Beer from a keg or from a bottle?
During its long history, many myths and stereotypes have formed around our favorite drink. I want to write about one of them today.
As a brewer and taster, I am constantly being asked the same question: why does draft beer taste better than bottled beer? Let’s sort it out together, point by point. I’m not going to look at special brands, just standard, pasteurized beers.
As someone who has worked in a brewery for many years, I can assure you that both barrels and bottles are filled with the same beer, and often from the same tank. The exceptions are limited batches or beers originally made to different specifications.
Then there begins the differences. In order to keep the beer from spoiling for a long time, they do not add preservatives to it, but pasteurize it – heat it for a certain amount of time. In brewing there are pasteurization units – Pasteurization Unit, PU. One pasteurization unit (1 PU) equals one minute of holding the beer at 60⁰C.
Bottle beer and draft beer are pasteurized differently. Bottles are pasteurized in a tunnel pasteurizer. In a tunnel pasteurizer the bottles are slowly moved on a conveyor belt while hot water at a certain temperature is poured over them. The bottles are cooled with cold water when they leave the pasteurizer.
Barrel beer is warm treated in a different way, in what is known as a flash pasteurizer. Passing through the heat exchanger, the cold beer is heated very quickly and then quickly cooled and filled up into kegs, which are commonly referred to as beer kegs.
For successful pasteurization (“killing of all microorganisms in the beer”) the Temperature and the Time for which the beer has been heat treated matter. The higher the temperature, the less time is needed for pasteurization and vice versa. As a result, both bottled and cask beers receive the same amount of pasteurization units. Note that the same beer in kegs or bottles is the same in taste.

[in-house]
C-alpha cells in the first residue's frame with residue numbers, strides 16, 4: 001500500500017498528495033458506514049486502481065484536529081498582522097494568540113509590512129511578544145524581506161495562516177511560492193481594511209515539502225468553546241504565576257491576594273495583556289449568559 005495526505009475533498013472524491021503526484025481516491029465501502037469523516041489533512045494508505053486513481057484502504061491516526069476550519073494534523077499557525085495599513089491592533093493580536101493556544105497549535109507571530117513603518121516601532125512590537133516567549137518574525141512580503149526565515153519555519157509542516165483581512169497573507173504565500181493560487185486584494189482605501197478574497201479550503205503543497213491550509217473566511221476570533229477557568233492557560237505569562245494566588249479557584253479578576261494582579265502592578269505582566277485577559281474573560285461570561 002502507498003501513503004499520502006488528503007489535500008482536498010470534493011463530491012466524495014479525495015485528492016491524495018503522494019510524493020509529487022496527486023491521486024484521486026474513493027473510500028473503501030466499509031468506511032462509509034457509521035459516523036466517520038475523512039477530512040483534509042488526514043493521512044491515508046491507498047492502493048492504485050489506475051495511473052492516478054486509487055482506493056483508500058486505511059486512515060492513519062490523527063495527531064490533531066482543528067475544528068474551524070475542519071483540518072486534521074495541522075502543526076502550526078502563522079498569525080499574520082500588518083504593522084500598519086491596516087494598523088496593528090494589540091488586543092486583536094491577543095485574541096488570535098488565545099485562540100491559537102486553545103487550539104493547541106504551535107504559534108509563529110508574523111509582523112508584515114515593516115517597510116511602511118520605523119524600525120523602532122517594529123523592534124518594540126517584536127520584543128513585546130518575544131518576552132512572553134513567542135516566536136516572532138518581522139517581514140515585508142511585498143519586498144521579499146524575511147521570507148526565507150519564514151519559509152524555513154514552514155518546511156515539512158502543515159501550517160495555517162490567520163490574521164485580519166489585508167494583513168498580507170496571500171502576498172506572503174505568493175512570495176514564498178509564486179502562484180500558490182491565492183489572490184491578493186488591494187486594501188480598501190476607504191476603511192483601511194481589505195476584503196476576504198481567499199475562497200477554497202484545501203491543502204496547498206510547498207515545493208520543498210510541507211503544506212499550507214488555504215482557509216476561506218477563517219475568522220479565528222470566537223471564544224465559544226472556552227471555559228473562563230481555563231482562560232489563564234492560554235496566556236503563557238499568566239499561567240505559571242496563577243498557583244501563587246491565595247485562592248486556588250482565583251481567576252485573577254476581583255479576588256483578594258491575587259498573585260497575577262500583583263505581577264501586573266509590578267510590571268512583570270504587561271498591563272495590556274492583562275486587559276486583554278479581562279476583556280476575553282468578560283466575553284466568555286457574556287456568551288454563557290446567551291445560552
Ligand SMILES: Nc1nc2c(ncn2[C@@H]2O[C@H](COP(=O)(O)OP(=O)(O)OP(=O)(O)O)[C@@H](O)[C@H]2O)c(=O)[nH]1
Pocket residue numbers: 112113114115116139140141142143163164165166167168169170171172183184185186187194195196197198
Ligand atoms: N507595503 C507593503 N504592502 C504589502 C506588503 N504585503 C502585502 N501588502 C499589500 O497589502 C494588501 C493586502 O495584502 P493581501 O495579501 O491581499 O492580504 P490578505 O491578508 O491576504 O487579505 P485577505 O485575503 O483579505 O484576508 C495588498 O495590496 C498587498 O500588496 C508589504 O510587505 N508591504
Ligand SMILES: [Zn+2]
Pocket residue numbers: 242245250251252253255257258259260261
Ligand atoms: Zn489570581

Glass bottles on store shelves can “light-struck”. Often, being on the shelf for a long time under the directed light of lamps, beer deteriorates and gets an unpleasant taste. This is due to the hops, which are sensitive to light. Draught beer is in metal kegs that protect it from light.
Bottled beer does not always, but often does not have its owner – large distribution centers cannot always control where and when bottled beer is stored. It can spoil from heat exposure in uncooled warehouses or get “light-struck” on store shelves, and it has a shelf life twice as long as a keg beer.
Beer in kegs is not stored long time in warehouses, it is received by specific people, the pub owners. They make sure the beer is fresh, the taps are sanitized, and the kegs are right stored. Pub owners don’t buy beer “for the future,” so the beer is usually fresher.
Many bars keep their kegs in special cooling rooms. This allows 2-3 times longer preservation of the freshness of an open keg of beer. All these investments more than pay off, because if the pub has stale or spoiled beer, the customer will not come back.
And finally, Psychology! Bottled beer is inexpensive. We usually buy it at home and drink it in the evening or at lunch. We don’t go to the pub every day and the prices there are 3-4 times higher than in the bottle (I mean Israel). We don’t usually go to the pub alone, but with people who are pleasant to us – friends, girlfriends… We set ourselves up in advance for the joy of conversation. Fresh beer, light shade, pleasant waitresses, and soft music also contribute to it. All this works together and brings a feeling of simple human happiness, and even small faults from the taste of beer cannot take away that feeling of a holiday, for which we came to the pub.